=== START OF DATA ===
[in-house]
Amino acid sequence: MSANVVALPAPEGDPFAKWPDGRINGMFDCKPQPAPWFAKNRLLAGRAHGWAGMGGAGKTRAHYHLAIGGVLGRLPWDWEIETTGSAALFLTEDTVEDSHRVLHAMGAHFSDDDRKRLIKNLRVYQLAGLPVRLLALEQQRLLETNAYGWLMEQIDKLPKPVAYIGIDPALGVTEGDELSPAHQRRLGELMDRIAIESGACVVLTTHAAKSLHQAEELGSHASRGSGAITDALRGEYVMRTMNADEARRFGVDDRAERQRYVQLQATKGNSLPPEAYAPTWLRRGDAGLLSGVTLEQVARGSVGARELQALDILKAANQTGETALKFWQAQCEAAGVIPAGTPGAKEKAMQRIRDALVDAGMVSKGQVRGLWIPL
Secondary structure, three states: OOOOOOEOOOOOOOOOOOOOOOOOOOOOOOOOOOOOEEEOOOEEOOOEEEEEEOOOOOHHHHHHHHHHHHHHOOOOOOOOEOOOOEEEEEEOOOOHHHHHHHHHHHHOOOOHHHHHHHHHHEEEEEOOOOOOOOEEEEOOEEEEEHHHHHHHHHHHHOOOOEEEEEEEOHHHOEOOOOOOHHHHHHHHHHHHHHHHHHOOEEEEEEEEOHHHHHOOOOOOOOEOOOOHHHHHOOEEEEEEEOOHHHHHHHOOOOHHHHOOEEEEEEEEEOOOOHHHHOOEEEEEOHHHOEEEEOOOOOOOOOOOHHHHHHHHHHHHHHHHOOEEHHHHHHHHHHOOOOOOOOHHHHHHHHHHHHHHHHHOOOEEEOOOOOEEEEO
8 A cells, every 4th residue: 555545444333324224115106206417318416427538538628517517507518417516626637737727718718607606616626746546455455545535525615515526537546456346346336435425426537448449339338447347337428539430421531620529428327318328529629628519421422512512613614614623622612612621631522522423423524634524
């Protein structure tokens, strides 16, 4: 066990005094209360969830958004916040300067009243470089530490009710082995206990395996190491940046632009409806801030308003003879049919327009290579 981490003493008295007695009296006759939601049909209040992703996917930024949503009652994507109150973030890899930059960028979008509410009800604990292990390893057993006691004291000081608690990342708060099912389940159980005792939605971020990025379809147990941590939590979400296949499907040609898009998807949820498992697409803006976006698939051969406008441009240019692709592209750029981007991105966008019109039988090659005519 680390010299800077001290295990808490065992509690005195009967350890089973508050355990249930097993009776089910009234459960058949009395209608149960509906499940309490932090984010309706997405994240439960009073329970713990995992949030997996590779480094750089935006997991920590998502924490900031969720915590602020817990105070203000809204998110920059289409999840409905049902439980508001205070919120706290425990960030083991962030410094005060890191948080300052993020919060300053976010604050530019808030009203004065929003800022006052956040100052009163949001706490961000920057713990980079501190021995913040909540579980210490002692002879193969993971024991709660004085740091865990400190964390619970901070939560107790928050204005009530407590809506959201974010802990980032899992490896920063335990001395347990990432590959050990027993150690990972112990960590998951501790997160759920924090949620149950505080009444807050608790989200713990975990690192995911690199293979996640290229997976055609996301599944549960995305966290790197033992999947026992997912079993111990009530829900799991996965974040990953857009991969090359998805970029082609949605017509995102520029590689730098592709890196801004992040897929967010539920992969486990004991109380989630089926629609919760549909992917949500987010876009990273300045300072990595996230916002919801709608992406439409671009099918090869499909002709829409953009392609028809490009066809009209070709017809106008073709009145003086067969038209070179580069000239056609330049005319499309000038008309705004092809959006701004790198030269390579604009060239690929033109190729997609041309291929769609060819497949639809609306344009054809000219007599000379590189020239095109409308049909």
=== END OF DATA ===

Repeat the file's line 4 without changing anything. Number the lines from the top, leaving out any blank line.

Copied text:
8 A cells, every 4th residue: 555545444333324224115106206417318416427538538628517517507518417516626637737727718718607606616626746546455455545535525615515526537546456346346336435425426537448449339338447347337428539430421531620529428327318328529629628519421422512512613614614623622612612621631522522423423524634524